It was a pleasure and an honor to contribute to the Bristol City Museum’s “Real Magic” night at the Museum. As with most good esoteric-occult events in this city, the problem wasn’t selling all 750 tickets, but the disappointment of the hundreds of disappointed witches, druids, heathens, and pagan-friendly folk who couldn’t get in. What a great way to start the Samhain weekend!
There were too many performers, speakers, and exhibition-makers to name.
I didn’t get to see most of them, since I was in the hall with the speakers throughout most of the evening. We did manage to drop in on our old friend Adrian Rooke, who commented afterward that it was difficult to advise visitors which ogham to choose for (name your wish) with such a queue!
Also very much enjoyed Faye Stoeser’s extraordinary shamanic dance ritual, which debuted this evening.
But ultimately, like my colleagues Esther Eidinow and Ronald Hutton, I was there to offer something of my own. Since I had only fifteen minutes and a large but unknown crowd, anything participatory (like the Cube ritual) was out of the question. Recently I did a little ritual around Heilung’s song “Othan,” so I decided to build a short provocation around that. This also gave me an excuse to play some great music before offering my own interpretive comments. What is “magical thinking,” I asked, and why aren’t I embarrassed to admit that I do it all the time?
This blog post is getting too long, so I won’t try to summarize what I said. The teaser is that (a) Othan’s lyrics, in proto-Nordic and old Norse, amount to a spell for healing and protection, and (b) I used it as such about ten days ago.
The first bit is apparent to anyone who has looked into these things; I’m not the first to notice where they got their lyrics. There are a lot of learned neo-Nordic pagans! The second bit is obviously personal to me, and was designed to ground my claims about what we are and are not doing when we cultivate “magical thinking” like this. We aren’t ignoring the normal parameters of practical reasoning (though we may supplement them in subtle ways), and we aren’t acting on the basis of far-fetched or “pre-scientific” beliefs. We are changing our ways of being-in-the-world in a manner that makes the world more beautiful and fun. Whether we also succeed in influencing events — well, I suspend judgment on that question.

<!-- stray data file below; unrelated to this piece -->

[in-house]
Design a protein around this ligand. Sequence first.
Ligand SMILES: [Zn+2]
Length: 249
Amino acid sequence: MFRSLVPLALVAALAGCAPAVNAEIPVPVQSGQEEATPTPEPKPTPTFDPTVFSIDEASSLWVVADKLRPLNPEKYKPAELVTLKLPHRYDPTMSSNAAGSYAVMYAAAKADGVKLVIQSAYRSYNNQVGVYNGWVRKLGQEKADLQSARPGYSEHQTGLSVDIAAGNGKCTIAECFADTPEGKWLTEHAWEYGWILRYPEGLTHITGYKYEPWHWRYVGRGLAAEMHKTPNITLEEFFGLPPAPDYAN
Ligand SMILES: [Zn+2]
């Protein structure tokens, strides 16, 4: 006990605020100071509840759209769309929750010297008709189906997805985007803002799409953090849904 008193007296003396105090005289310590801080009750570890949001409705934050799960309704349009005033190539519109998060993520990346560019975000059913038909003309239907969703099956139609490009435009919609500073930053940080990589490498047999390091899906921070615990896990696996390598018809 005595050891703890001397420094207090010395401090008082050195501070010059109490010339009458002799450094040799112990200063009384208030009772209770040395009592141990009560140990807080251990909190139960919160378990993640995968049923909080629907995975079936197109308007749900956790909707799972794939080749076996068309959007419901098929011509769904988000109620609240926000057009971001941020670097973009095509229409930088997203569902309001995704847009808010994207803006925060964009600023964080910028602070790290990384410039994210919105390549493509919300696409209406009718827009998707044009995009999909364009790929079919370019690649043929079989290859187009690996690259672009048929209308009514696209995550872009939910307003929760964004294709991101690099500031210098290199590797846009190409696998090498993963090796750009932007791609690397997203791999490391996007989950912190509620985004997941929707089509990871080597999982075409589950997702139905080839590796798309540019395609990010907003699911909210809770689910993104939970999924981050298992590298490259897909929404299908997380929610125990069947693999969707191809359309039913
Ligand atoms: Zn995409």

This Sunday the Bristol Goddess Temple welcomed a group of academics and community members from various backgrounds for the last in this year’s series of shared experiences and reflective discussions. Like the other events in this series, this one was supported by assistance from the Brigstow Institute at the University of Bristol.
I asked an experienced Druid (whom I’ll call “Q”) to collaborate with one of the founding members of the BGT (whom I’ll call “RC”) in designing the ceremony, and they decided to recreate the Sumerian descent of Inanna. The story involves the descent to the underworld by a goddess of sovereignty, love, war, and fertility, where she is stripped of all her insignia, condemned, and hung as a corpse on a hook for three days and three nights. Eventually she is able to ascend, thanks to the intercession of various gods and their emissaries. But our ritualists chose to focus solely on Inanna and her dark double in the underworld, Ereshkigal.